[shadow]OpenGL rules the game[/shadow]http://www.AntiOnline.com/sig.php?imageid=499

  6. #6
    Senior Member
    Join Date
    Apr 2002
    Posts
    634
    Well, I'm impressed. I would have bet about SendMail being the most vulnerable *nix software. And it is only on 6th position.
    As Ol Jeb said, many of those software need a correct configuration to be secure. I'm still surprised to view that some apps like Appache are so insecure by default, while some simple changes in default options could arise the level.
    Life is boring. Play NetHack... --more--

  7. #7
    Just a Virtualized Geek MrLinus's Avatar
    Join Date
    Sep 2001
    Location
    Redondo Beach, CA
    Posts
    7,324
    I don't know if it's Apache per say:

    In addition to exploits in Apaches core and modules (CA-2002-27, CA-2002-17), SQL, databases, CGI, PHP vulnerabilities are all potentially exposed through the web server.
    I wonder if it's the modules and other 3rd party add-ons that open it up to attacks. Certainly poor and insecure items like MySQL, Perl and PHP would open Apache to being vulnerable. A good example is when I went searching for information on the publisher of a book and found Google referencing a german MP3 site. Curious as I was, I went to check it and found a php page that had a data entry box with a button labelled "run command". So I did an ls -l and lo' and behold got directory. I even did a cat /etc/shadow and eventually did a write to root to tell them either the user had poor directory permissions or someone compromised their server.

    Look at the dates of the CVE. There were only 4 for Apache for 2003 and 2 for 2002. But a whack of them appeared in 1999. All of the "top 10" are culmulative rather than indicative of time. Products do change and developers do learn from their past.

    Heck, for BIND there isn't a single vulnerability for 2003 in the CVE. And yet, it's number 1. Why?

    Chief among them are administrators who are not aware of security upgrades, systems which are running BIND daemon (called "named") unnecessarily, and bad configuration files.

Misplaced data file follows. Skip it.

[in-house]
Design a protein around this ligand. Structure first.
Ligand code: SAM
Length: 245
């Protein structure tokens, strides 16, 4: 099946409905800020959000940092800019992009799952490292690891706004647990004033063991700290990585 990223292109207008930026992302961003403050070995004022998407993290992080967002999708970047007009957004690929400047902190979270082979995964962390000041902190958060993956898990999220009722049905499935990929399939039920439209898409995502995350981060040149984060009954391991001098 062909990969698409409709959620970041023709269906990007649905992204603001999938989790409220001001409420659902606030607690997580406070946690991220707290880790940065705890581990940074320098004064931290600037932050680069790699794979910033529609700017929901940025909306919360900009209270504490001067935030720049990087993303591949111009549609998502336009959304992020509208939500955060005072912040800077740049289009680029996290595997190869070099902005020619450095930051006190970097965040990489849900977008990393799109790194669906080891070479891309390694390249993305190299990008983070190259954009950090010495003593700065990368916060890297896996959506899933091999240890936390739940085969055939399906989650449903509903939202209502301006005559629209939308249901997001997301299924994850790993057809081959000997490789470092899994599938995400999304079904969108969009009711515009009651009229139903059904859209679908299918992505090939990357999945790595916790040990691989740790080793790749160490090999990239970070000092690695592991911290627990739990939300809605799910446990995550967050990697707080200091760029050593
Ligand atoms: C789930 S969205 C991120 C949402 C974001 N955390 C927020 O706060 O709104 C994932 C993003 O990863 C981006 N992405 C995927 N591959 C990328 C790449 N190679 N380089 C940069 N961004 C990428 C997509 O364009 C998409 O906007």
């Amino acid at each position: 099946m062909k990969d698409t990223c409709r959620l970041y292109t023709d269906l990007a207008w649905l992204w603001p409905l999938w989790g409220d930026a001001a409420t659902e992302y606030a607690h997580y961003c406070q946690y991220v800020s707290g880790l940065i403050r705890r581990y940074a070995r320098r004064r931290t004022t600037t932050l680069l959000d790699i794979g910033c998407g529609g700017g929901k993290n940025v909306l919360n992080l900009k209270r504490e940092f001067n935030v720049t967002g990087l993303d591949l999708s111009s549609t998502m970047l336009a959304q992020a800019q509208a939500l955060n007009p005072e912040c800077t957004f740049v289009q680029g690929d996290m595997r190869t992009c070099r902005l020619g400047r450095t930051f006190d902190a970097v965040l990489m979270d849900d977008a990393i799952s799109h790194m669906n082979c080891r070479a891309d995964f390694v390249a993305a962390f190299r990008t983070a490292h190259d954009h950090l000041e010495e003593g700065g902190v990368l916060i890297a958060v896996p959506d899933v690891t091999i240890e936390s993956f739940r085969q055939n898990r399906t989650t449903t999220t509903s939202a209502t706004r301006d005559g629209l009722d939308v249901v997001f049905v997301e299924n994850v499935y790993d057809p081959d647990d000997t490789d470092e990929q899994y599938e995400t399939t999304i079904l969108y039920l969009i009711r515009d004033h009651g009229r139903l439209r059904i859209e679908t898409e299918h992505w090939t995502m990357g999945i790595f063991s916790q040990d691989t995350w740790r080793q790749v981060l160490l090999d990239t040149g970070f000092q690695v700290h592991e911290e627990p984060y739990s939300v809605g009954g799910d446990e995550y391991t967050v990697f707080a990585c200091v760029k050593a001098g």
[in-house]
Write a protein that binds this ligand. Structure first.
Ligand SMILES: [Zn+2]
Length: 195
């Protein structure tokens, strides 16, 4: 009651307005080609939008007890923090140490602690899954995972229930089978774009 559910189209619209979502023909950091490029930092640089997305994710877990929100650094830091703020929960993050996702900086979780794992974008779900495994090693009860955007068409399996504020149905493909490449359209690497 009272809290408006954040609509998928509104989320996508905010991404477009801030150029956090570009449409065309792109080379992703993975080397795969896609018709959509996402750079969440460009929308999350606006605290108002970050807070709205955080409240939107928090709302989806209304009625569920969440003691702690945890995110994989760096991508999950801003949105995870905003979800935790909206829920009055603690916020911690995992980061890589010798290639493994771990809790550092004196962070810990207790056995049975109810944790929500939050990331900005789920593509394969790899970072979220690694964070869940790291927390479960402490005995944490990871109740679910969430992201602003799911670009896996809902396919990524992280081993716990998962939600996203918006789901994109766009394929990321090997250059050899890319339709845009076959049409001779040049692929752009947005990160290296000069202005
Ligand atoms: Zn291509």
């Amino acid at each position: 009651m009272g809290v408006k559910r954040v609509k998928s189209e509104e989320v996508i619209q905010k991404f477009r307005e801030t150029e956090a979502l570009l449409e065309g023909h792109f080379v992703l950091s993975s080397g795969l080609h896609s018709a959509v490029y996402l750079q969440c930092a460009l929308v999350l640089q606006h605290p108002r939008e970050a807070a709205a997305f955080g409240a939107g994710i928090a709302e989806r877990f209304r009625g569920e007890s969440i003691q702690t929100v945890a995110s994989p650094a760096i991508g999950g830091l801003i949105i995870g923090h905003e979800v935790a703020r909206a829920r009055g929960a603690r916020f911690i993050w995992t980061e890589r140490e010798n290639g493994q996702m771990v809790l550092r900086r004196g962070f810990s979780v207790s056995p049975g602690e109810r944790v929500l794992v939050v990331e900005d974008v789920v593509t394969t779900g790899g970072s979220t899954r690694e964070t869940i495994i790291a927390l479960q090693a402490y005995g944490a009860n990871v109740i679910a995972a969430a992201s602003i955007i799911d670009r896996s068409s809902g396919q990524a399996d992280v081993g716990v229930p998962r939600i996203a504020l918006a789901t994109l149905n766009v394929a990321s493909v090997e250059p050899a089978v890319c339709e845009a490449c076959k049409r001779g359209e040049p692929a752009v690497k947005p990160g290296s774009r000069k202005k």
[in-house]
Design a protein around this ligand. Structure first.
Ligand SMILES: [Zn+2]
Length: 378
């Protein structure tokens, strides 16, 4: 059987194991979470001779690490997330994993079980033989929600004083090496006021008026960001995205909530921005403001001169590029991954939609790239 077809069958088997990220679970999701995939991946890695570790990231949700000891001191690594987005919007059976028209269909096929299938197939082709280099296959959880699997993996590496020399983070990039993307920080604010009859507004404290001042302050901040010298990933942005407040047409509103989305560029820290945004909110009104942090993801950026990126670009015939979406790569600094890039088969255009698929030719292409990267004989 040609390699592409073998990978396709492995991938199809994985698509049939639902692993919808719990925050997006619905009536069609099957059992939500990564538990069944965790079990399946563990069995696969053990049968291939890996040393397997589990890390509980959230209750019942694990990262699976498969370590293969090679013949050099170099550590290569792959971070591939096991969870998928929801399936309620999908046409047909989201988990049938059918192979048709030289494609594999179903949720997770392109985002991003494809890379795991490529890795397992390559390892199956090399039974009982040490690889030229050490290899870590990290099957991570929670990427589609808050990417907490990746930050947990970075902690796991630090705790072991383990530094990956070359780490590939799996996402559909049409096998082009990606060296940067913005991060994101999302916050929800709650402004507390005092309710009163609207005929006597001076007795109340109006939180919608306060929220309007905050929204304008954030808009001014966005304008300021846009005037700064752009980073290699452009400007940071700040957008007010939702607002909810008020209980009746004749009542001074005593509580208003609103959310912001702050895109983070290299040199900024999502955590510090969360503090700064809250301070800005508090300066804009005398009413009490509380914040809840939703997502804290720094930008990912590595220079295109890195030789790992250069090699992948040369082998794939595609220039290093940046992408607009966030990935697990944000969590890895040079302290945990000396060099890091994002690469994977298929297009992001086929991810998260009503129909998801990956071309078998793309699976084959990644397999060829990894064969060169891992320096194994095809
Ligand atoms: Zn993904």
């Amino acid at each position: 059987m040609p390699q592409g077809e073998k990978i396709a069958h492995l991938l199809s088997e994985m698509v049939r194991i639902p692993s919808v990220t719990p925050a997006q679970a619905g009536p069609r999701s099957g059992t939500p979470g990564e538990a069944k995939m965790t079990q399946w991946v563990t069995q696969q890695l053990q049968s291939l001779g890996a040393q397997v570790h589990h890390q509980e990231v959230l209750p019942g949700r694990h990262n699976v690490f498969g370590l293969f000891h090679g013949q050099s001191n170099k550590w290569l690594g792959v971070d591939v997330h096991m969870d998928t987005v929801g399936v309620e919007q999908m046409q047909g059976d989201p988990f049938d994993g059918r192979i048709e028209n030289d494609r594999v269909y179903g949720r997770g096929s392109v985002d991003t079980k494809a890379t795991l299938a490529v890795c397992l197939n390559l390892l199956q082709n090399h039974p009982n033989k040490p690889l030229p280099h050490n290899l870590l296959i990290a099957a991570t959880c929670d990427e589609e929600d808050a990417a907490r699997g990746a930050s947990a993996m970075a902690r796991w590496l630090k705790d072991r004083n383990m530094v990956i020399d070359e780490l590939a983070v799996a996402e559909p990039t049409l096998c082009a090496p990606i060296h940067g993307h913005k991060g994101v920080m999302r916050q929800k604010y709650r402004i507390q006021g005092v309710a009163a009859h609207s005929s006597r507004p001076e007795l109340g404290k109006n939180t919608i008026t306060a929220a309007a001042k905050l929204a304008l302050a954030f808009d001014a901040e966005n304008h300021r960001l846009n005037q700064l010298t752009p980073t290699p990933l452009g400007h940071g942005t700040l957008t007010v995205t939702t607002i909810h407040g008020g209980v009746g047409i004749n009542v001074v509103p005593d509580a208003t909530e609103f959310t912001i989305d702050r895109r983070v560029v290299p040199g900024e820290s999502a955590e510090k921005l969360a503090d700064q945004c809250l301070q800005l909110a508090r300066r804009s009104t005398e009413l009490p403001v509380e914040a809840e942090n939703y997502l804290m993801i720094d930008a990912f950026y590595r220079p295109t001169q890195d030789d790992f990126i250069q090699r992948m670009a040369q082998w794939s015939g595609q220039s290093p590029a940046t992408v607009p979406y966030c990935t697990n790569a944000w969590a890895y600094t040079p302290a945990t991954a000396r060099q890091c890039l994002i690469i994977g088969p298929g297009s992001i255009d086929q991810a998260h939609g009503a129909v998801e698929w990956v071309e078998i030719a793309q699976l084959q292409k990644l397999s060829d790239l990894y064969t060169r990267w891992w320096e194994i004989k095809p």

Strikes me as this may not be an entirely accurate top 10.
    Goodbye, Mittens (1992-2008). My pillow will be cold without your purring beside my head
    Extra! Extra! Get your FREE copy of Insight Newsletter||MsMittens' HomePage

  8. #8
    oldie ric-o's Avatar
    Join Date
    Nov 2002
    Posts
    487
    Heck, for BIND there isn't a single vulnerability for 2003 in the CVE. And yet, it's number 1. Why?
    Chief among them are administrators who are not aware of security upgrades, systems which are running BIND daemon (called "named") unnecessarily, and bad configuration files.
    I know what you mean MsMittens but maybe there's a lot of old versions being run out there. If they dont keep up with the patches they'll be running these older versions which have vulnerabilities. Dunno.

    Interesting study I found here http://www.menandmice.com/dnsplace/h...y.html?DHS0800 talks about all the misconfigured DNS domains. I realize that probably not related but interesting non-the-less.

Posting Permissions

  • You may not post new threads
  • You may not post replies
  • You may not post attachments
  • You may not edit your posts
  •